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Describe and evaluate how neural and hormonal mechanisms influence aggressive
behaviour (24 marks)
Neurotransmitters are chemicals that allow impulses within the brain to be transmitted from one area
of the brain to another. The main neurotransmitter believed to play an important role in aggression is
low levels of serotonin.
Serotonin is believed to reduce aggression by inhibiting responses to emotional stimuli that might
otherwise have led to an aggressive response.
Low levels of serotonin in the brain, particularly the pre-frontal cortex has been linked with higher
chances of impulse behaviour, aggression and even suicide as the inhibiting effect is lessened.
Mann et al found supporting evidence for this theory; in one study 35 healthy participants were
given a drug (dexfexfluramine) to deplete serotonin levels.
Judging their subsequent aggression based on hostility scores on a questionnaire, it was found that
lower levels of serotonin were found to be associated with higher levels of aggression in males.
However, Mann's study demonstrates a gender bias because an increase in aggression when
coupled with lowered serotonin only took place among male participants, suggesting that the role of
serotonin in aggression may possibly be different for males thus providing an incomplete explanation
of neurotransmitters in aggression.
Although, the gender bias can be explained by methodological issues with Mann's study instead.
Mann used questionnaires to measure aggression levels and participants may have exhibited
demand characteristics after expecting themselves to behave more aggressively after taking drugs,
therefore there might not be a gender bias as males would generally rate themselves more
aggressively than females in any self-report.
Other research support for the serotonin hypothesis comes from a study by Raleigh et al.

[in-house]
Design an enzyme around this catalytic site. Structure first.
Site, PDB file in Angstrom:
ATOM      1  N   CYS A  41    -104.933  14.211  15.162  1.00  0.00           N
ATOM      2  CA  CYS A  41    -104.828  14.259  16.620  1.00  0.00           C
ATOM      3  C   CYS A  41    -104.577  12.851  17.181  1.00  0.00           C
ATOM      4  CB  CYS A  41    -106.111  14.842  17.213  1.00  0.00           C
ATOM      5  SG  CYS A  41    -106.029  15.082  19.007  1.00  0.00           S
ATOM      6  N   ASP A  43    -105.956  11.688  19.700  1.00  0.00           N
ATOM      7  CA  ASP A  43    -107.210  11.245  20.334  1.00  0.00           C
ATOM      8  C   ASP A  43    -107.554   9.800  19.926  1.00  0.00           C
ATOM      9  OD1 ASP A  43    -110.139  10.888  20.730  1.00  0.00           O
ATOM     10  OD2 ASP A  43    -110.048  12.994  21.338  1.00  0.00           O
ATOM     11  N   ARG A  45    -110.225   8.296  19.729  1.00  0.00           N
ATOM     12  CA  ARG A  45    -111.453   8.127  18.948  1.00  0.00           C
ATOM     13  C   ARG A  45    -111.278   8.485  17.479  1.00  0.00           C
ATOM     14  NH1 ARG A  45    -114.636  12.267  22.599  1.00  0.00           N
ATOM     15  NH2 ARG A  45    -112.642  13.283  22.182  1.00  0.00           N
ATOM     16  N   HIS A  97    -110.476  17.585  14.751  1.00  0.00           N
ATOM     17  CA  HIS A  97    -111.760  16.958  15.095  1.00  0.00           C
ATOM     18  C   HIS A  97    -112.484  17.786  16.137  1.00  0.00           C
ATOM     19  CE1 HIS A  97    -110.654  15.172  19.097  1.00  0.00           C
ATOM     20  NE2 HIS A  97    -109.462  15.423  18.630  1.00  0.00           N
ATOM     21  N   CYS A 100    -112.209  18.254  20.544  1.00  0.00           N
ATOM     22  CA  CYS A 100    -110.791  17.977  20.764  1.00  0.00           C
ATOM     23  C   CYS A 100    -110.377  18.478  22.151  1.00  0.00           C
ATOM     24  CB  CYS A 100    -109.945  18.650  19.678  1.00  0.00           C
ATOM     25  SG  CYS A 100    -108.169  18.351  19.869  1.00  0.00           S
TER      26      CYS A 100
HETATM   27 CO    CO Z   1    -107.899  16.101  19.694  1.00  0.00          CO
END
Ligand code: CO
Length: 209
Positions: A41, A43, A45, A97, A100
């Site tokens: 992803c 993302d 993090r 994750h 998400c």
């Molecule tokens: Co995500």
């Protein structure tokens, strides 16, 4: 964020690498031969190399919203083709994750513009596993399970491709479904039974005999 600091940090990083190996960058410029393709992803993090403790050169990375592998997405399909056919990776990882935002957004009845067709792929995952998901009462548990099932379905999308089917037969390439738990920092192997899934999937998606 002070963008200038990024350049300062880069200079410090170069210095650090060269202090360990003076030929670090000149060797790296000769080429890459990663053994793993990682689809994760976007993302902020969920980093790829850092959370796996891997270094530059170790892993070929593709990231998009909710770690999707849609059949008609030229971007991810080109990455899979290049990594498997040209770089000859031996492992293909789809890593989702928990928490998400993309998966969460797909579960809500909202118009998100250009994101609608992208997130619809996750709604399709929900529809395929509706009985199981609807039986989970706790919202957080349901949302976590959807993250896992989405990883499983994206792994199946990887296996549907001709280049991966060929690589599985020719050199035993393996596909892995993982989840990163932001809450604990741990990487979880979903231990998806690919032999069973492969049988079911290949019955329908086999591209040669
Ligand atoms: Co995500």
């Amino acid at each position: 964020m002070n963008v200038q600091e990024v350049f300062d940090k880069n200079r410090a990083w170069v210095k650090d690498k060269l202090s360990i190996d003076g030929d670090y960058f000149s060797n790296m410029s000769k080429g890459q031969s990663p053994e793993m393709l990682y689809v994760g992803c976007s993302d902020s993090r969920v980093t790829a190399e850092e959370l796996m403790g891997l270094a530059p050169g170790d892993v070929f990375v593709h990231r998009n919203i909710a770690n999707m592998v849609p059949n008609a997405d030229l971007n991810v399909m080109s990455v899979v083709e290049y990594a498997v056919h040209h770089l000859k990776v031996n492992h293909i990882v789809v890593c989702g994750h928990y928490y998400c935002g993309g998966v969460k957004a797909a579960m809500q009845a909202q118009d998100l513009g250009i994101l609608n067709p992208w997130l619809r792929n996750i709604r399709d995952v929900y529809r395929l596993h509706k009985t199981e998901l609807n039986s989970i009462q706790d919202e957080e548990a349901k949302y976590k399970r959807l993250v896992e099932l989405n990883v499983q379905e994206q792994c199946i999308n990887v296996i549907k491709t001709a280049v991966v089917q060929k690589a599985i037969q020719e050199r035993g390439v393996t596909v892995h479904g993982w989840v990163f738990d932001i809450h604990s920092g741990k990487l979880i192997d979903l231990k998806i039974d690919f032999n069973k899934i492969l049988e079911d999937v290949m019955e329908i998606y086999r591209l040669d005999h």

Researchers fed vervet monkeys diets that either decreased or increased serotonin levels.
For monkeys that ate the raised serotonin diets, they exhibited less aggressive behaviour.
Alternatively those who ate the lowered serotonin diets exhibited more aggressive behaviour,
supporting the theory that the serotonin neurotransmitter influences aggressive behaviour.
Though Raleigh's study establishes a clear link between serotonin and aggression in animals, the case
is not so clear (as evidenced in Mann's study) in humans. This is not to deny that the link exists in
humans, but rather that the complexity of the human social behaviour means a biological explanation
would be reductionist in explaining all types of aggression behaviour. For example, impulse
behaviour from the serotonin hypothesis would not be able to account for aggressive behaviour
over the internet; therefore there could be other explanations, such as the psychodynamic
explanation whereby Froid would argue that aggression is a result of repressed childhood conflicts
(encompassing the nurture side in the nature/nurture debate).
If low levels of serotonin are associated with low impulse control and aggressive behaviour, drugs
that clinically raise serotonin levels should produce a concurrent lowering in aggression. Bond (2005)
established that antidepressants which elevate serotonin levels reduce irritability and impulsive
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Alternatively, hormonal mechanisms also have an important role in influencing aggression.
The hormone testosterone is thought to increase aggression in adults due to its action on brain areas
involved controlling aggression.
For example, research by Dabbs found that criminals with the highest levels of testosterone tended
to have a history of violent crimes whereas those with the lowest levels had committed non-violent